Years ago I built a modern chicken coop and it has been great. So much so, that we loaded it on a trailer and moved it out to our new house that we built. After weeks of allowing the chickens to roam about and crap all over we decided we had enough of that and fenced in a run for them with some cheap landscape fence and T-posts.
Fast forward a few years and that cheap fence now looks like crap. Not to mention that we never had anyway of getting into the run besides hopping the fence. That being said, it was finally tome to give our trashy little fence a makeover. We decided to build a welded wire garden fence that would keep the chickens in, our dog out, and look good around the house. The posts are 4x4s and with the Simpson Strong-Tie EZ Spikes, the post setting went fast, making the entire project quick and easy. Read on to see exact how we did it.
Full Project Video
Garden Fence Tutorial
- Post Layout
For the post bases I am going to be using the Simpson StrongTie EZ-Spikes. These makes setting posts quick and easy versus digging holes and pouring concrete. I started by pressing the first and last spikes into the ground slightly to get an idea of where the fence was going to go.
Then I ran a string between the two for alignment and spaced the other spikes out evenly. Spacing them less than 8 feet apart.
- Driving the Post Base
To get the EZ-Spikes into the ground, I used a small piece of 4×4 and hammered them in with a small sledge hammer.
Throughout the process of driving the spike you will want to check to make sure the spike is plumb and aligned properly.
- Installing the Posts
I started by cutting two 4 foot long pressure treated 4x4s. I checked to make sure they were level at the top and then used a string to extend that line across to all the other posts that were inserted in the post bases.
With the string to show where the tops should be cut. I then used a speed square to mark that line on the 4×4 posts.
To cut a 4×4 with a standard circular saw you will need to mark both sides and cut twice as the blade is not long enough to do it in one pass.
The post then get inserted into the base and secured with four connector screws.
- Installing Horizontal Supports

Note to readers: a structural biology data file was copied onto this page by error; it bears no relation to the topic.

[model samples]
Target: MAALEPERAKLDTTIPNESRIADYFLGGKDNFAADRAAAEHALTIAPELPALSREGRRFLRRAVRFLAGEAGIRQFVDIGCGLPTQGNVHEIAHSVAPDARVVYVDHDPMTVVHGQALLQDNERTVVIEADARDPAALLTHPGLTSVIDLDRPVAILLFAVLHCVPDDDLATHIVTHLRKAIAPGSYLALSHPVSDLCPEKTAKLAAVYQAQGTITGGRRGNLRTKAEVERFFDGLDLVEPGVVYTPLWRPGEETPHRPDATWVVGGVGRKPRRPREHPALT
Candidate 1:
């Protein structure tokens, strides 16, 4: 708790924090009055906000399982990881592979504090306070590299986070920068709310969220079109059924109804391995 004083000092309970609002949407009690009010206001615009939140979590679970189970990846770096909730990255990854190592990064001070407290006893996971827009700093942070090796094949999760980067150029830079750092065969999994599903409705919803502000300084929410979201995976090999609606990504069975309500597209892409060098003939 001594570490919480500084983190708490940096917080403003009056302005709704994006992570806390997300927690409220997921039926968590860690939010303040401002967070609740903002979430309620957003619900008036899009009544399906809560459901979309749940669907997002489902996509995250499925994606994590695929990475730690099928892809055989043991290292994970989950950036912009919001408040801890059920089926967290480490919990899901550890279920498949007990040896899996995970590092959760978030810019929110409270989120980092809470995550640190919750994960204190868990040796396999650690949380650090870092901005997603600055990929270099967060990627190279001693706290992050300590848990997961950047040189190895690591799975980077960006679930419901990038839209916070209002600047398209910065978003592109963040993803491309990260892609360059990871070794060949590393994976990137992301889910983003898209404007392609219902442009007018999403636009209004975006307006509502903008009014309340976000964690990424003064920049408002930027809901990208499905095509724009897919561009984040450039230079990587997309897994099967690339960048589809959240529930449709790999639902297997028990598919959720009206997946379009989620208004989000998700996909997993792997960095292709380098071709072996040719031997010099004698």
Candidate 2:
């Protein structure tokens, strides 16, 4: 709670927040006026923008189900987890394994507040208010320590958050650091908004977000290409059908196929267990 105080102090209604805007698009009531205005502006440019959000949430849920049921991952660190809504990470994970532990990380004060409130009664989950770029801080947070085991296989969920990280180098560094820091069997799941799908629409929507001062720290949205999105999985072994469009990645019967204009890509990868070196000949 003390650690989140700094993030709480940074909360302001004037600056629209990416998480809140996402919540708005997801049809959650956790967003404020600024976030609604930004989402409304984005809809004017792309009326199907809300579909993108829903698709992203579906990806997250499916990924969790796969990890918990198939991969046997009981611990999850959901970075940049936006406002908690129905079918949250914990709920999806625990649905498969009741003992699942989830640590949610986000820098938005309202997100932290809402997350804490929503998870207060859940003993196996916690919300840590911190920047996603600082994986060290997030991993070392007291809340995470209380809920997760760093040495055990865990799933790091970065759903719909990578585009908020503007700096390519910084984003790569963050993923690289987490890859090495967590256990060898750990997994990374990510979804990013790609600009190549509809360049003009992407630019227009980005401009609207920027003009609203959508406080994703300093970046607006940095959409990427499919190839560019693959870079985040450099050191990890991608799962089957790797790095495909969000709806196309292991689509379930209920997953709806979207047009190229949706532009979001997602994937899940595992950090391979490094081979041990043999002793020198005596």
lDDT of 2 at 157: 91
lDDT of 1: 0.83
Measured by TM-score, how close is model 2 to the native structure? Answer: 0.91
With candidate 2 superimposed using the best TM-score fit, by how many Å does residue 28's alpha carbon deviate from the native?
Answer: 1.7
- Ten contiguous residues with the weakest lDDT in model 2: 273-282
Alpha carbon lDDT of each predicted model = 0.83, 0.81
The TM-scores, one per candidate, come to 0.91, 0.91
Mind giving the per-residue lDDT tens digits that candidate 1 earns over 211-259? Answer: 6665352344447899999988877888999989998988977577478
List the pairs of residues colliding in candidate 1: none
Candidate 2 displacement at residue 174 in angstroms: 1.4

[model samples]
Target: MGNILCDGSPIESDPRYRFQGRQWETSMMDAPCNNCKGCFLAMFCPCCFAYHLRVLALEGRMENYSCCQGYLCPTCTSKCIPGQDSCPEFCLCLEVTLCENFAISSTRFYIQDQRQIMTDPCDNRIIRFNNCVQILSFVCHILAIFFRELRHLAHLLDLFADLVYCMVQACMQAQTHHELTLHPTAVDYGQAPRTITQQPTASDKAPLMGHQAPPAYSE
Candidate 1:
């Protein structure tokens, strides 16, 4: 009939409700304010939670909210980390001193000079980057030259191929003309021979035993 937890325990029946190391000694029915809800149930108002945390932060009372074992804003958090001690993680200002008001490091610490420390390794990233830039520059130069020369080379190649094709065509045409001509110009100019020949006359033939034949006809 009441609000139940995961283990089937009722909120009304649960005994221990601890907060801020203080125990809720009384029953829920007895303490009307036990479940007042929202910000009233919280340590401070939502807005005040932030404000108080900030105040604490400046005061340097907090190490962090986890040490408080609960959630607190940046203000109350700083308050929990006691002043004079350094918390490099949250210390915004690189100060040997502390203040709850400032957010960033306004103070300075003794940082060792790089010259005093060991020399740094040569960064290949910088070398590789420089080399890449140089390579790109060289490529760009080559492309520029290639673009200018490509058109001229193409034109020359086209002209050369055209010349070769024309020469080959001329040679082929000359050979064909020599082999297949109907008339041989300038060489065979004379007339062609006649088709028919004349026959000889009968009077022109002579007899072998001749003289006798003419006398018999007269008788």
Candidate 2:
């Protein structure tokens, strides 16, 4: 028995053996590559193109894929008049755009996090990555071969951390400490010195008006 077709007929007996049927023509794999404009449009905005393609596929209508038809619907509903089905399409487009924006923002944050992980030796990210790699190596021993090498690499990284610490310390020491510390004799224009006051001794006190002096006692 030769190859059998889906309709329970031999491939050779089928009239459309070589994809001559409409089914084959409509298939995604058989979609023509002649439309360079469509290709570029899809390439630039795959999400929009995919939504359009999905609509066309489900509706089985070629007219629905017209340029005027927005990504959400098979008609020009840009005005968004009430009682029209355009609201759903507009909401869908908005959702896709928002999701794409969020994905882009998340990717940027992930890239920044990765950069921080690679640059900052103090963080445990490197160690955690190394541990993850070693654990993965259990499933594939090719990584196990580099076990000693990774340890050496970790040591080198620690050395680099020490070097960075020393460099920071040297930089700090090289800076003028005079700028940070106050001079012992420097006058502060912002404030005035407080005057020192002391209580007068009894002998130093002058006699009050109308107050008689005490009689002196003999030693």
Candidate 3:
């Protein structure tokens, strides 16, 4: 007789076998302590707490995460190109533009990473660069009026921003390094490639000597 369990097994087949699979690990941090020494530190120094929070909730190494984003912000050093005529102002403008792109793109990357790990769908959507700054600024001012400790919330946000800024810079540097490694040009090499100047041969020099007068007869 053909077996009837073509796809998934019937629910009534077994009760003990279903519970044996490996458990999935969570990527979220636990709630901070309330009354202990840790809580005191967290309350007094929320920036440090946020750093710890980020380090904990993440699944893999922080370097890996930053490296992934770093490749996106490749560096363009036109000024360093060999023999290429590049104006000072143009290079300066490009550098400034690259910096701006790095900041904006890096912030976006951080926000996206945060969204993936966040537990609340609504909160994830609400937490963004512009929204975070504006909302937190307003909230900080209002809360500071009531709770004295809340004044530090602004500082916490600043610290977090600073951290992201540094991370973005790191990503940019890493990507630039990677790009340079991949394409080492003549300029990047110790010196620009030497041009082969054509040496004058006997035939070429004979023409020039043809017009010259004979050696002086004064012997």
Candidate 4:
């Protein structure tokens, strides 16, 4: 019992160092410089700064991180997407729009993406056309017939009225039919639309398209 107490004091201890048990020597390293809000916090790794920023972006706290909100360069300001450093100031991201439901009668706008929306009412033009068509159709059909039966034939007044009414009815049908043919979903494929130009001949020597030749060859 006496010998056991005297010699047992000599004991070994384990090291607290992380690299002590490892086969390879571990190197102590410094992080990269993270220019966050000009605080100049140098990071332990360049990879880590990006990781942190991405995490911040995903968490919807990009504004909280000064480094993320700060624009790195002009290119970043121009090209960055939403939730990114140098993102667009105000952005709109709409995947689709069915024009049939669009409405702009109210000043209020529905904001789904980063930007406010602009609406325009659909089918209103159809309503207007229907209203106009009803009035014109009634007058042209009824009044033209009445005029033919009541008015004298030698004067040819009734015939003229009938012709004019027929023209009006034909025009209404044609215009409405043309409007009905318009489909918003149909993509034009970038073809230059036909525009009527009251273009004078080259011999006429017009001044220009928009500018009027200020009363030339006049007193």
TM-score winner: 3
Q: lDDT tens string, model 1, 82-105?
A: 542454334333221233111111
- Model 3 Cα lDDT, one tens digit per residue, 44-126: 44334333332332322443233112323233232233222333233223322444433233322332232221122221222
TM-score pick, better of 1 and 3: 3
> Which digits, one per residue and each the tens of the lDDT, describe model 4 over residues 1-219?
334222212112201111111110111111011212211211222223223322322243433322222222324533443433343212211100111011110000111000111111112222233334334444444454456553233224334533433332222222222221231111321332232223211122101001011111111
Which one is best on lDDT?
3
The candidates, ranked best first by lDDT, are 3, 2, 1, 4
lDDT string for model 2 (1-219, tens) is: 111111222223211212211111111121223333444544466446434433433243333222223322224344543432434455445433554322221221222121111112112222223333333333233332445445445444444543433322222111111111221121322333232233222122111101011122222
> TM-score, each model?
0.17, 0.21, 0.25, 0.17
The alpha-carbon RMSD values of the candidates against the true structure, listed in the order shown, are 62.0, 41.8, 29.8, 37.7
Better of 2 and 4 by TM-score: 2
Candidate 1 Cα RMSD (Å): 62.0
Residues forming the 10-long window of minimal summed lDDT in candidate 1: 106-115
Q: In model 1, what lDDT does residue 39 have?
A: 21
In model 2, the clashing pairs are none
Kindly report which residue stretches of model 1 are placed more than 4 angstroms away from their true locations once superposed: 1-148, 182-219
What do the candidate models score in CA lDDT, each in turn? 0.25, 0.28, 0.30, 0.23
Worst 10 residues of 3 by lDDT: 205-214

Start by measuring between the 4×4 posts, just above the EZ-Spikes. Then cut two pressure treated 2x4s at that length. Those 2x4s will get two pocket holes drilled in each end using the Kreg XL Pocket Hole Jig.
Then install the lower 2×4 using 2-1/2″ Kreg XL pocket hole screws. These screws are outdoor rated and incredibly beefy and will make sure you get a good strong connection.
Repeat the process for the top board and the remaining sections. Note, if you are building a fence on a slight slope, like I am, I would recommend leveling the bottom 2×4 with the lowest spot on the higher spike. For steeper inclines the entire sections should be higher as your incline increases.
- Installing the Top Cap
To dress up the top of the fence, I installed a 5/4 pressure treated deck board using 2 inch deck screws. These boards come in 16 foot lengths which will help tie multiple sections of the fence together and stiffen up the fence.
- Applying Finish
To protect the fence and to make it look nice, we opted to finish the treated wood with a solid color deck stain in the color black.
- Vertical 2x2s
To secure the welded wire fence to the side of the 4x4s we needed to install 2x2s between the upper and lower 2x4s. These were cut to length, stained, and installed with 2-1/2 inch deck screws.
- Assembling the Gate
The gate opening gets measured and a 2×4 frame is assembled for the gate that is about 1 inch narrower than the opening. The gate frame is assemble with the Kreg XL pocket hole jog and screws.
After applying the finish I then installed the Simpson StrongTie Rigid Tie Connectors to each inside corner to assure the gate does not sage over time.
On the inside of the frame I installed 2x2s, cut to length, with 2-1/2 inch deck screws. These will be used to fasten the welded wire fencing to.
- Gate Installation
Using a 3/4″ to 1″ spacer below the gate, I then installed the gate using self closing hinges and latch.
- Installing Welded Wire Fencing
The welded wire fencing then gets cut to size for each section and stapled to the inside of the fence. For this I used a narrow crown stapler and 1-1/2″ galvanized staples.